As the school year winds down, some students must think about summer school.

The Hays USD 489 summer school program at the Learning Center provides high school students, most from Hays High School, a chance to retake a class and recover credit, said Anita Scheve, TLC director.

Approximately 10 years ago, delivery of summer school classes changed from teachers in a classroom to the online format at TLC.

“It’s cost-effective to provide online classes for credit recovery. It’s cheaper than hiring teachers for the classes,” she said.

Until last summer, students who qualify for free lunches paid no fee for the one-half credit classes. Fees for other students varied depending upon whether they qualified for reduced-cost lunches and lived in or out of the school district.

The USD 489 Board of Education implemented a flat $100 fee for all in-district summer school students to reduce the amount they subsidized the program.

A total of 89 students took classes last summer. Forty-one of those took two or more classes.

Ten out-of-district students enrolled and paid a $200 fee.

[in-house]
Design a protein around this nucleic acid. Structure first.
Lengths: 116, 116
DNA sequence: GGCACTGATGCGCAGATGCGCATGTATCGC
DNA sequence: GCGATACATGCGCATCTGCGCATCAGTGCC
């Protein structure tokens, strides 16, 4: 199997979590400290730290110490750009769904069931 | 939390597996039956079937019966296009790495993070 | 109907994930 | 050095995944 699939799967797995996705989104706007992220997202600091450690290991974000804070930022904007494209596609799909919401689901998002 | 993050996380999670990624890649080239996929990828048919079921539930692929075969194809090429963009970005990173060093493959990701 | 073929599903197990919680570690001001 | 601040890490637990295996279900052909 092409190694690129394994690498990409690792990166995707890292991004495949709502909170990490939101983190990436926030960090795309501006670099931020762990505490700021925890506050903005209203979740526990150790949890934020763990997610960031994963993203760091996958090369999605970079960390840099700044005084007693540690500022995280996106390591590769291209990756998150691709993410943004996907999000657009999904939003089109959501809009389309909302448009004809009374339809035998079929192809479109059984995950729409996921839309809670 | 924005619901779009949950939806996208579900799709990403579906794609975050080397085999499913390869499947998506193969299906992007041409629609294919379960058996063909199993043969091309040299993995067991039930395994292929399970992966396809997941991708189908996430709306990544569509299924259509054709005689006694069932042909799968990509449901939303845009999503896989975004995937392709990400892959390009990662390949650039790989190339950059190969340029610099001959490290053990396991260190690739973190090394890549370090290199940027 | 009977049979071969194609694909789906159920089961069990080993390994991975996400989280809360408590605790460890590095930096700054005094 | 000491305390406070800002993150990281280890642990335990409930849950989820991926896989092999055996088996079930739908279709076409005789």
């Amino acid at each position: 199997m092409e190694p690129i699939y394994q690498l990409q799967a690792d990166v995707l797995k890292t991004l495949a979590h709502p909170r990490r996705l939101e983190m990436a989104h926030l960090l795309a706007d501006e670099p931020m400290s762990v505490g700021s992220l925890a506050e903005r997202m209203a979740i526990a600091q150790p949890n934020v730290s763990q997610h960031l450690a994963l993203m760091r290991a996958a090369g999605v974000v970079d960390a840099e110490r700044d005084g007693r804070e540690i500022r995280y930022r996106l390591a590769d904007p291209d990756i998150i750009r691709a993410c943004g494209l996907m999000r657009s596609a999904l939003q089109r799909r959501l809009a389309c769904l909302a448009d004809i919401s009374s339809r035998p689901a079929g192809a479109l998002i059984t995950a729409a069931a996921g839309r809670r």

Scheve applied for a Dane G. Hansen Foundation grant last year that paid $4,500, or 75 percent, of the fee for those who qualified for free lunches, and “we’re still struggling to collect that amount.”

This year, she is asking the BOE to return to the policy of waiving the fee for students who qualify for free lunches.

Administrators recommend the board approve waiving the fee as well, charge $50 per one-half credit for reduced-lunch students, $100 for each in-district full pay per one-half credit and $200 per one-half credit for out-of-district students.

Projected revenue would be $6,500, or $1,500 short of the $8,000 needed to cover costs.

A fee of $25 for free-lunch students for each one-half credit would cover the additional cost for the credit recovery, but Scheve is concerned that even that fee would keep some students from enrolling.

The majority of the students — 63 percent — meet the free-lunch qualifications.

“Summer school is an at-risk intervention. We do have students at risk,” Scheve said.

The fees or waiving of fees would only apply to summer school students taking the online classes for credit recovery to stay on track to graduate with their class.

Most students complete the course and are able to graduate with their class, maintaining the school district graduation rate.

The waived fees would not apply to other Learning Center students who happen to be enrolled in classes during the summer.

The BOE is expected to vote on summer school fees at the March 21 meeting.